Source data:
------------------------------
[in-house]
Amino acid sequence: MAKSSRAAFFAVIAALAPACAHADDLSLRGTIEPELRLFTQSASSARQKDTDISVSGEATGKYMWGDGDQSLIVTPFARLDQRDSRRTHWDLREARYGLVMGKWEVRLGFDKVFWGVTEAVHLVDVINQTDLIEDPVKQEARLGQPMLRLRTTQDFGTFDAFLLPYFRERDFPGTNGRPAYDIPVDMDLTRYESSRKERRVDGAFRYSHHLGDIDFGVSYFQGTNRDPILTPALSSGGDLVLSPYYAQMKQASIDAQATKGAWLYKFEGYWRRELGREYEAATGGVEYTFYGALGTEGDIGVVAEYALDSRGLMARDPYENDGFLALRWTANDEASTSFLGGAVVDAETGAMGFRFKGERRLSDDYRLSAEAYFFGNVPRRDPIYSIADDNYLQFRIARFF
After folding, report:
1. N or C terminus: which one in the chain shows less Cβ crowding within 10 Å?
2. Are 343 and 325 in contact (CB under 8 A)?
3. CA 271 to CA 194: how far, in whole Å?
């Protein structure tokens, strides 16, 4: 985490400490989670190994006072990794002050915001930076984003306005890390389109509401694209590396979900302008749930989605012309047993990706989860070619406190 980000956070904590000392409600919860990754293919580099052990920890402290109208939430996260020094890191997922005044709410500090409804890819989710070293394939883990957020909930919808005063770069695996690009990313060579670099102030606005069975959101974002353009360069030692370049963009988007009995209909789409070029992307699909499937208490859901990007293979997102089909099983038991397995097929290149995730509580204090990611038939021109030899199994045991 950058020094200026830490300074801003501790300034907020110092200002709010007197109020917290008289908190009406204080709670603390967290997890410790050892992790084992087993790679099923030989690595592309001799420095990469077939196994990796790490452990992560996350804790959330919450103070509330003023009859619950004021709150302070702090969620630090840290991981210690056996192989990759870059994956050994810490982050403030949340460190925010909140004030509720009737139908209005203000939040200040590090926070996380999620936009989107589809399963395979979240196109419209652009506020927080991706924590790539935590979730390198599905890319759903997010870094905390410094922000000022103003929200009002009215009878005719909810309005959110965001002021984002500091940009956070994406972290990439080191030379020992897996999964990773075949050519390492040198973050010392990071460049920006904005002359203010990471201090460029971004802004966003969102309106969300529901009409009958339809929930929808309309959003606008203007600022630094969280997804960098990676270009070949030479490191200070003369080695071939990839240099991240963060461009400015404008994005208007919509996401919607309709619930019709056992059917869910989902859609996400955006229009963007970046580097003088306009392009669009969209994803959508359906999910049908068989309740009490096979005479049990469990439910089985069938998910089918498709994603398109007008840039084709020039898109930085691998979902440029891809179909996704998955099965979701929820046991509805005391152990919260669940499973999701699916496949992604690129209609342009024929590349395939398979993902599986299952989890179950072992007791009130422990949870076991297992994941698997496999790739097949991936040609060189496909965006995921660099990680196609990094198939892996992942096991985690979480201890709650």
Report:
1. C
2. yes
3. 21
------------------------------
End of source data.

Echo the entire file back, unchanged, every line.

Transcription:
[in-house]
Amino acid sequence: MAKSSRAAFFAVIAALAPACAHADDLSLRGTIEPELRLFTQSASSARQKDTDISVSGEATGKYMWGDGDQSLIVTPFARLDQRDSRRTHWDLREARYGLVMGKWEVRLGFDKVFWGVTEAVHLVDVINQTDLIEDPVKQEARLGQPMLRLRTTQDFGTFDAFLLPYFRERDFPGTNGRPAYDIPVDMDLTRYESSRKERRVDGAFRYSHHLGDIDFGVSYFQGTNRDPILTPALSSGGDLVLSPYYAQMKQASIDAQATKGAWLYKFEGYWRRELGREYEAATGGVEYTFYGALGTEGDIGVVAEYALDSRGLMARDPYENDGFLALRWTANDEASTSFLGGAVVDAETGAMGFRFKGERRLSDDYRLSAEAYFFGNVPRRDPIYSIADDNYLQFRIARFF
After folding, report:
1. N or C terminus: which one in the chain shows less Cβ crowding within 10 Å?
2. Are 343 and 325 in contact (CB under 8 A)?
3. CA 271 to CA 194: how far, in whole Å?
């Protein structure tokens, strides 16, 4: 985490400490989670190994006072990794002050915001930076984003306005890390389109509401694209590396979900302008749930989605012309047993990706989860070619406190 980000956070904590000392409600919860990754293919580099052990920890402290109208939430996260020094890191997922005044709410500090409804890819989710070293394939883990957020909930919808005063770069695996690009990313060579670099102030606005069975959101974002353009360069030692370049963009988007009995209909789409070029992307699909499937208490859901990007293979997102089909099983038991397995097929290149995730509580204090990611038939021109030899199994045991 950058020094200026830490300074801003501790300034907020110092200002709010007197109020917290008289908190009406204080709670603390967290997890410790050892992790084992087993790679099923030989690595592309001799420095990469077939196994990796790490452990992560996350804790959330919450103070509330003023009859619950004021709150302070702090969620630090840290991981210690056996192989990759870059994956050994810490982050403030949340460190925010909140004030509720009737139908209005203000939040200040590090926070996380999620936009989107589809399963395979979240196109419209652009506020927080991706924590790539935590979730390198599905890319759903997010870094905390410094922000000022103003929200009002009215009878005719909810309005959110965001002021984002500091940009956070994406972290990439080191030379020992897996999964990773075949050519390492040198973050010392990071460049920006904005002359203010990471201090460029971004802004966003969102309106969300529901009409009958339809929930929808309309959003606008203007600022630094969280997804960098990676270009070949030479490191200070003369080695071939990839240099991240963060461009400015404008994005208007919509996401919607309709619930019709056992059917869910989902859609996400955006229009963007970046580097003088306009392009669009969209994803959508359906999910049908068989309740009490096979005479049990469990439910089985069938998910089918498709994603398109007008840039084709020039898109930085691998979902440029891809179909996704998955099965979701929820046991509805005391152990919260669940499973999701699916496949992604690129209609342009024929590349395939398979993902599986299952989890179950072992007791009130422990949870076991297992994941698997496999790739097949991936040609060189496909965006995921660099990680196609990094198939892996992942096991985690979480201890709650």
Report:
1. C
2. yes
3. 21